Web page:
Extended install instructions


MS2PIPc runs on Python 3.5 and greater. We recommend you to install a virtual environment for MS2PIPc:

python3 -m venv venv
source venv/bin/activate

Set up MS2PIPc

Download the source code of the latest release and unzip it. In the MS2PIPc project folder, you can find the required Python modules listed in requirements.txt. Install these with pip:

pip install -r requirements.txt

MS2PIPc requires some code to be compiled. For this:

  • Run the compilation with the command sh compile.sh (this can take a while…)
  • Or, alternatively, you can use the precompiled files that are posted on the release page. Extract the files in the cython_modules folder. For this option to work, Linux, Python 3.7 and Cython 0.29.2 are required!

MS2PIP is now fully set up!

Configure MS2PIPc to your use case

A few parameters need to be set in the configuration file (by default config.txt):

  • model: The peptide fragmentation method or specific MS2PIP model to employ to predict peak intensities. The available models are listed in README.md.
  • frag_error: The MS/MS error tolerance in Da. This defines the width of the region around theoretical fragment peak m/z’s where MS2PIPc looks for emperical peaks. This value is only of importance if you provide MGF spectrum files.
  • Post-translational modifications (PTMs): This part of the configuration file describes the PTMs that are present in the PEPREC file. Each line represents a certain PTM and is written as follows: ptm=name,mass-shift,opt,AA. The name should be identical to the PTM name that is used in the PEPREC file and is case-sensitive. Next is the mass-shift of the PTM in Da. The next variable is not relevant for MS2PIP, so it can be opt. Last in line is the one-letter code of the amino acid (AA) on which the PTM occurs. If a certain PTM occurs on different AAs, every AA should have it’s own line in the configuration file and have a unique name (eg PhosphoT, PhosphoS and PhosphoY). For N- and C-terminal modifications AA should be N-term or C-term, respectively. This leads, for instance, to the following syntax: ptm=name,mass-shift,opt,N-term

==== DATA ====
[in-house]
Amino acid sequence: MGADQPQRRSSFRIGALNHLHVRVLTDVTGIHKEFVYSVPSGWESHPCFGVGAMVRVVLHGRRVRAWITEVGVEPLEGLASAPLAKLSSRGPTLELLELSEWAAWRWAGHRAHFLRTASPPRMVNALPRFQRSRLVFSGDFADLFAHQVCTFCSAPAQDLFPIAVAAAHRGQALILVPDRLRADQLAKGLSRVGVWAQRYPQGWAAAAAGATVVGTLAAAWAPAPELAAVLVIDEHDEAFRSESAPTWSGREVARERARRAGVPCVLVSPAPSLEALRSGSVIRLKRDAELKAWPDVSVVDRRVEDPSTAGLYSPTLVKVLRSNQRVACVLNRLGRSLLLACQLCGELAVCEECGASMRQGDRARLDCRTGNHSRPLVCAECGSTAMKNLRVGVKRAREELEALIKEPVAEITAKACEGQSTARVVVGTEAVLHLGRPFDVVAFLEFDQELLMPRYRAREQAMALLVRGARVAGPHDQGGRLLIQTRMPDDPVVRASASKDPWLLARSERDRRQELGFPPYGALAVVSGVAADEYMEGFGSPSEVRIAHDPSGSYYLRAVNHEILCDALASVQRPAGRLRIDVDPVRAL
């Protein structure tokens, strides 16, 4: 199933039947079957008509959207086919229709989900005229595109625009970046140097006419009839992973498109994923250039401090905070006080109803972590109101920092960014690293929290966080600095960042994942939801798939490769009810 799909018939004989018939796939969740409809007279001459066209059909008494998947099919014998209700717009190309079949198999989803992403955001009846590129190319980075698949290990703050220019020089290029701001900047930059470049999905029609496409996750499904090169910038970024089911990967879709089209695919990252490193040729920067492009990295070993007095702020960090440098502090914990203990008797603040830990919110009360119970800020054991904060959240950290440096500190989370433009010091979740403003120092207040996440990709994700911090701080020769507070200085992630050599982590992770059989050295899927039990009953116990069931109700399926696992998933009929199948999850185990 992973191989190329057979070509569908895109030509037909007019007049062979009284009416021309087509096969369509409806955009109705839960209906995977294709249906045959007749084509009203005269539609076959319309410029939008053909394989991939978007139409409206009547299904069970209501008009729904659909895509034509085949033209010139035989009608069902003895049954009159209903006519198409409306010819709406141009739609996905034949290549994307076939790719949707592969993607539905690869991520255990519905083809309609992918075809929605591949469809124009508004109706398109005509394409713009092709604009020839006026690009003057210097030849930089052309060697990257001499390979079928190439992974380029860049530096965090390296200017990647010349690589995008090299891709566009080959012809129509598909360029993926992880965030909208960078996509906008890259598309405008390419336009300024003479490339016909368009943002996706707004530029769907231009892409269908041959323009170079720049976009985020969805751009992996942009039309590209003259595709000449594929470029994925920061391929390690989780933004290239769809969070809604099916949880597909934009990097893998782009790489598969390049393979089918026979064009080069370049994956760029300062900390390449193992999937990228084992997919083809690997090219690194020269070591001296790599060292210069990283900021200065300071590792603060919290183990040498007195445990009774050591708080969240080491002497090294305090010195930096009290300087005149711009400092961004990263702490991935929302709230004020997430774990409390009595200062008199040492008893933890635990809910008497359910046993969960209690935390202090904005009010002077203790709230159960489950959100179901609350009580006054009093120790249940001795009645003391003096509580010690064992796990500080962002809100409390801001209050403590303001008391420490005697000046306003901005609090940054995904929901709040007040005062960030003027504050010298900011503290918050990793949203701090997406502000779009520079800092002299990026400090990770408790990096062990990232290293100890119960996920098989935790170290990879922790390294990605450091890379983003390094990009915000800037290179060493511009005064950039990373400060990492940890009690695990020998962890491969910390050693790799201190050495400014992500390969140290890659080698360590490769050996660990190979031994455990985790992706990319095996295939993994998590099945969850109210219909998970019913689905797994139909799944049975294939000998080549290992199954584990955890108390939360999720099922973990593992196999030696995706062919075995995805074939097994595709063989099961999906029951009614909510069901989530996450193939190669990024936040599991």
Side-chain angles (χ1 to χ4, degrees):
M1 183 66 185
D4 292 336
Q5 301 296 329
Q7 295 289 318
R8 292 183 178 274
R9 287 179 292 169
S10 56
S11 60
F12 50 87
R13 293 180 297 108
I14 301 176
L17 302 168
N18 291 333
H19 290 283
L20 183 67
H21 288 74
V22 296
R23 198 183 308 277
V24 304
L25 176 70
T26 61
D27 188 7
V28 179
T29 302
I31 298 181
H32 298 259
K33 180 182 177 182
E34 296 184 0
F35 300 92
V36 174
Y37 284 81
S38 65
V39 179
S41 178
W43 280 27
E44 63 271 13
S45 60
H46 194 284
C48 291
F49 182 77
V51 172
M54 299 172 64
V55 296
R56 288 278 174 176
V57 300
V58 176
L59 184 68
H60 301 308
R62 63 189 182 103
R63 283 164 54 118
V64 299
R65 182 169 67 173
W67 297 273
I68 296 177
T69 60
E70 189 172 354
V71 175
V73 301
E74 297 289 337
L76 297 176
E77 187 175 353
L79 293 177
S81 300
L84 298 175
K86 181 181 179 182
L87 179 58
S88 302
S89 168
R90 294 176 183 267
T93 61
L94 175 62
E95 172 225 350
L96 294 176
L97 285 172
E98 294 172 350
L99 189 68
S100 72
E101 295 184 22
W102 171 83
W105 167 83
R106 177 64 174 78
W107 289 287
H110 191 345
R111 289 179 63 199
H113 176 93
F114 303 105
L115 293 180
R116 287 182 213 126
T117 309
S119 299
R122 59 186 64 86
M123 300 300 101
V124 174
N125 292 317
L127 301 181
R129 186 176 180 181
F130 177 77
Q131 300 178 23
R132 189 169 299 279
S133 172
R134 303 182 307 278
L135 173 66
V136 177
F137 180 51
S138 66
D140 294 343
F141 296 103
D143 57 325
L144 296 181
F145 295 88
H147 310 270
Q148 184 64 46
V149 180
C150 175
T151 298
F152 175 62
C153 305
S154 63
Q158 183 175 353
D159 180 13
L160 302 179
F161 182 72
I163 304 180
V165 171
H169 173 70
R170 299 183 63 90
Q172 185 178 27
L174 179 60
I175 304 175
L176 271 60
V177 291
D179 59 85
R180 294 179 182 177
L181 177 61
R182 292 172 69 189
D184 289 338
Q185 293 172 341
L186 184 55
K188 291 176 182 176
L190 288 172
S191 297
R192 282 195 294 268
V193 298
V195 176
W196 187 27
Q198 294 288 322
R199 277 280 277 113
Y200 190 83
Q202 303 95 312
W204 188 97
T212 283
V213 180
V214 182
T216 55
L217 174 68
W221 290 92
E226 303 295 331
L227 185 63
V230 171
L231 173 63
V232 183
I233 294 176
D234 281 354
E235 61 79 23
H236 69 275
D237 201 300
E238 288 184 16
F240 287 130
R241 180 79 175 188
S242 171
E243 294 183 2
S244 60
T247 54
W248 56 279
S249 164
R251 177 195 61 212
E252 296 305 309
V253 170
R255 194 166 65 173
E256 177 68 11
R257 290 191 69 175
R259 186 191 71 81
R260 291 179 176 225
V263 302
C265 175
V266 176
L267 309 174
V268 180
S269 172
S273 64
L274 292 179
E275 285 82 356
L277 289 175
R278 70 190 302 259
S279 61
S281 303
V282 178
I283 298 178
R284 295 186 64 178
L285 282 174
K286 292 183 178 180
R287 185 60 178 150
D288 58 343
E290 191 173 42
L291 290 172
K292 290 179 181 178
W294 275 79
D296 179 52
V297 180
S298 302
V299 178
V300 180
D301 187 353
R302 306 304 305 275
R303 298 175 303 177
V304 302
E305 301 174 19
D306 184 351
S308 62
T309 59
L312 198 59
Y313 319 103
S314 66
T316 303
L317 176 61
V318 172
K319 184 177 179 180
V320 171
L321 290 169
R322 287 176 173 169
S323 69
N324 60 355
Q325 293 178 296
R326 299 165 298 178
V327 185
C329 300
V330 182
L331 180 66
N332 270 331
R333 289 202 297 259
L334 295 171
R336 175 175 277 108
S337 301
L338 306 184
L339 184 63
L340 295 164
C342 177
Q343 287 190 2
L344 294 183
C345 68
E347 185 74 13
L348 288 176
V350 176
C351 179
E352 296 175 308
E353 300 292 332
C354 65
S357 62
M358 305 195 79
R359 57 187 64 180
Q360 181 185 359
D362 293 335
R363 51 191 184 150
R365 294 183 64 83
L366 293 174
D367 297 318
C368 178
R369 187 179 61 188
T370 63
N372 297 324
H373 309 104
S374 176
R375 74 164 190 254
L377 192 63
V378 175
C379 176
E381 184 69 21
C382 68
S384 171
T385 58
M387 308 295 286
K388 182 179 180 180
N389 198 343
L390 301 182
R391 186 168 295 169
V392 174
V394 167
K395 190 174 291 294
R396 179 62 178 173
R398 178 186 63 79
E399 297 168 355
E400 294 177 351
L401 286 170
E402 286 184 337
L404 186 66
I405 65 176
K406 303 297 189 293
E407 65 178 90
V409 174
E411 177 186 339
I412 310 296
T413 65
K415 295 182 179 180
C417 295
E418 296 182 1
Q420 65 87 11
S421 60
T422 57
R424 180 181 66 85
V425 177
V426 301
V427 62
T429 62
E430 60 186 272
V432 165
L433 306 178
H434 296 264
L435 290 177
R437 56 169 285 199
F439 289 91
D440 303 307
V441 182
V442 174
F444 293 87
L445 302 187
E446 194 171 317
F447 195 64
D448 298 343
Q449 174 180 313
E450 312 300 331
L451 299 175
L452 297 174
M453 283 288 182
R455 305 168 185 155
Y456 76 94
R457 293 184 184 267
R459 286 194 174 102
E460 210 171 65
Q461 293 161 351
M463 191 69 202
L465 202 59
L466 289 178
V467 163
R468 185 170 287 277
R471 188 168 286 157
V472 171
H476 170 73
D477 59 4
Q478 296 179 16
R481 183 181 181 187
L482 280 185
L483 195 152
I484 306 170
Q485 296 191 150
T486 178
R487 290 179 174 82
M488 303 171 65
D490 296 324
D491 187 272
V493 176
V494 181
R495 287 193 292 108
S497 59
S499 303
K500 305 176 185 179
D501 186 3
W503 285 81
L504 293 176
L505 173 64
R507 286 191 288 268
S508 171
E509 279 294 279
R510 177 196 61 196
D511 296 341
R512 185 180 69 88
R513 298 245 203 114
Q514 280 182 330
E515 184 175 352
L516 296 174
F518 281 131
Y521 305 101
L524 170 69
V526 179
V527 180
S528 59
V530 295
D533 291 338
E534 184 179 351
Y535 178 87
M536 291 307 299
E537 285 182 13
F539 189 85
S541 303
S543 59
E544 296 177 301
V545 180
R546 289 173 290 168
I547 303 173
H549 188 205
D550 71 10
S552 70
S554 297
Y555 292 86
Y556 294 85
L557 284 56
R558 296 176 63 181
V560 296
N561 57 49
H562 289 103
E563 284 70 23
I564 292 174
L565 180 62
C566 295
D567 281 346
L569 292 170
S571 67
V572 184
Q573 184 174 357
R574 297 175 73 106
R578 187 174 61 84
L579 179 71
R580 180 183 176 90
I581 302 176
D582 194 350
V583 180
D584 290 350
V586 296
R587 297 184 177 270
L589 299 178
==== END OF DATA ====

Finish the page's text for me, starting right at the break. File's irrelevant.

• Lines can be commented out using a hashtag (#).

Prepare your input data

MS2PIP always takes a PEPREC file as input. It is a space-separated file that lists all peptides. It has the following columns:

  • spec_id: A unique ID for the peptide that, if an MGF file is given, matches with one fragmentation spectrum.
  • peptide: Peptide sequence.
  • modifications: PTMs for the given peptide. Every modification is listed as location|name, separated by a pipe (|) between the location, the name, and other PTMs. The location is an integer counted starting at 1 for the first AA. 0 is reserved for N-terminal modifications. Name has to correspond to a PTM listed in the configuration file. Unmodified peptides are marked with a hyphen (-).
  • charge: Precursor charge of the peptide.

Example of a PEPREC file:

spec_id modifications peptide charge
peptide1 - ACDE 2
peptide2 2|cam ACDEFGHI 3
peptide3 0|iTRAQ|3|Pyro_glu ACDEFGHIKMNPQ 2

In order to directly compare predictions to empirical spectra, or to create a feature-vector file to train new models, you will need to provide an MGF file. See the general README.md file for instructions on this.


The basic MS2PIPc syntax is as follows:

python3 ms2pipC.py PEPREC

You can also add the following optional arguments:

  -h, --help      show this help message and exit
  -c FILE         config file (by default config.txt)
  -s FILE         .mgf MS2 spectrum file (optional)
  -w FILE         write feature vectors to FILE.{pkl,h5} (optional)
  -m INT          number of cpu's to use

If you want to use another configuration file, you need to give the file location with the -c argument. The command then becomes:

python3 ms2pipC.py -c CONFIG-FILE PEPREC

That’s it! MS2PIPc should now be up and running. Instructions for more advanced use-cases (such as training your own models) can be found in the README.md file.